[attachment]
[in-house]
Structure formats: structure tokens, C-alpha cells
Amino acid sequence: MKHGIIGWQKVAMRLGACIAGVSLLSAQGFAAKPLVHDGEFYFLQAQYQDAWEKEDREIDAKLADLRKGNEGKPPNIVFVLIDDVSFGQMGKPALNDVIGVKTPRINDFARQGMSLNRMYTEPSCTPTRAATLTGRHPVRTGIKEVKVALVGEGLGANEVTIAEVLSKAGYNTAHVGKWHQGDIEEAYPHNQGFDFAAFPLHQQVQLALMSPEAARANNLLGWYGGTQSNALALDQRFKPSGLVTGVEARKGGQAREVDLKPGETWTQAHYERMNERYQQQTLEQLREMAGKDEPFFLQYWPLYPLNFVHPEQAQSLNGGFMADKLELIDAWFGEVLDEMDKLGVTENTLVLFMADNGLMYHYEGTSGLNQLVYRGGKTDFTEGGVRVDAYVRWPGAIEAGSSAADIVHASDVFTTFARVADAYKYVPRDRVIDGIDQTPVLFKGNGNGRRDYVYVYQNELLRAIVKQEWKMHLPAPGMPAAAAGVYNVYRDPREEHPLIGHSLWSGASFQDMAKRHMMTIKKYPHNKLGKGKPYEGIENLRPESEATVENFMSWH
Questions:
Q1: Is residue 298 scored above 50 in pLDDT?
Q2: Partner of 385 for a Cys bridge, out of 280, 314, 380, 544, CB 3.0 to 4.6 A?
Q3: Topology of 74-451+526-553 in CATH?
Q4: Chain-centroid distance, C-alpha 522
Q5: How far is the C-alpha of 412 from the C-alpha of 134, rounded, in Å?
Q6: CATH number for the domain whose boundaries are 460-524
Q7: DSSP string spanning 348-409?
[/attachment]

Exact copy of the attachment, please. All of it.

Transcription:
[in-house]
Structure formats: structure tokens, C-alpha cells
Amino acid sequence: MKHGIIGWQKVAMRLGACIAGVSLLSAQGFAAKPLVHDGEFYFLQAQYQDAWEKEDREIDAKLADLRKGNEGKPPNIVFVLIDDVSFGQMGKPALNDVIGVKTPRINDFARQGMSLNRMYTEPSCTPTRAATLTGRHPVRTGIKEVKVALVGEGLGANEVTIAEVLSKAGYNTAHVGKWHQGDIEEAYPHNQGFDFAAFPLHQQVQLALMSPEAARANNLLGWYGGTQSNALALDQRFKPSGLVTGVEARKGGQAREVDLKPGETWTQAHYERMNERYQQQTLEQLREMAGKDEPFFLQYWPLYPLNFVHPEQAQSLNGGFMADKLELIDAWFGEVLDEMDKLGVTENTLVLFMADNGLMYHYEGTSGLNQLVYRGGKTDFTEGGVRVDAYVRWPGAIEAGSSAADIVHASDVFTTFARVADAYKYVPRDRVIDGIDQTPVLFKGNGNGRRDYVYVYQNELLRAIVKQEWKMHLPAPGMPAAAAGVYNVYRDPREEHPLIGHSLWSGASFQDMAKRHMMTIKKYPHNKLGKGKPYEGIENLRPESEATVENFMSWH
Questions:
Q1: Is residue 298 scored above 50 in pLDDT?
Q2: Partner of 385 for a Cys bridge, out of 280, 314, 380, 544, CB 3.0 to 4.6 A?
Q3: Topology of 74-451+526-553 in CATH?
Q4: Chain-centroid distance, C-alpha 522
Q5: How far is the C-alpha of 412 from the C-alpha of 134, rounded, in Å?
Q6: CATH number for the domain whose boundaries are 460-524
Q7: DSSP string spanning 348-409?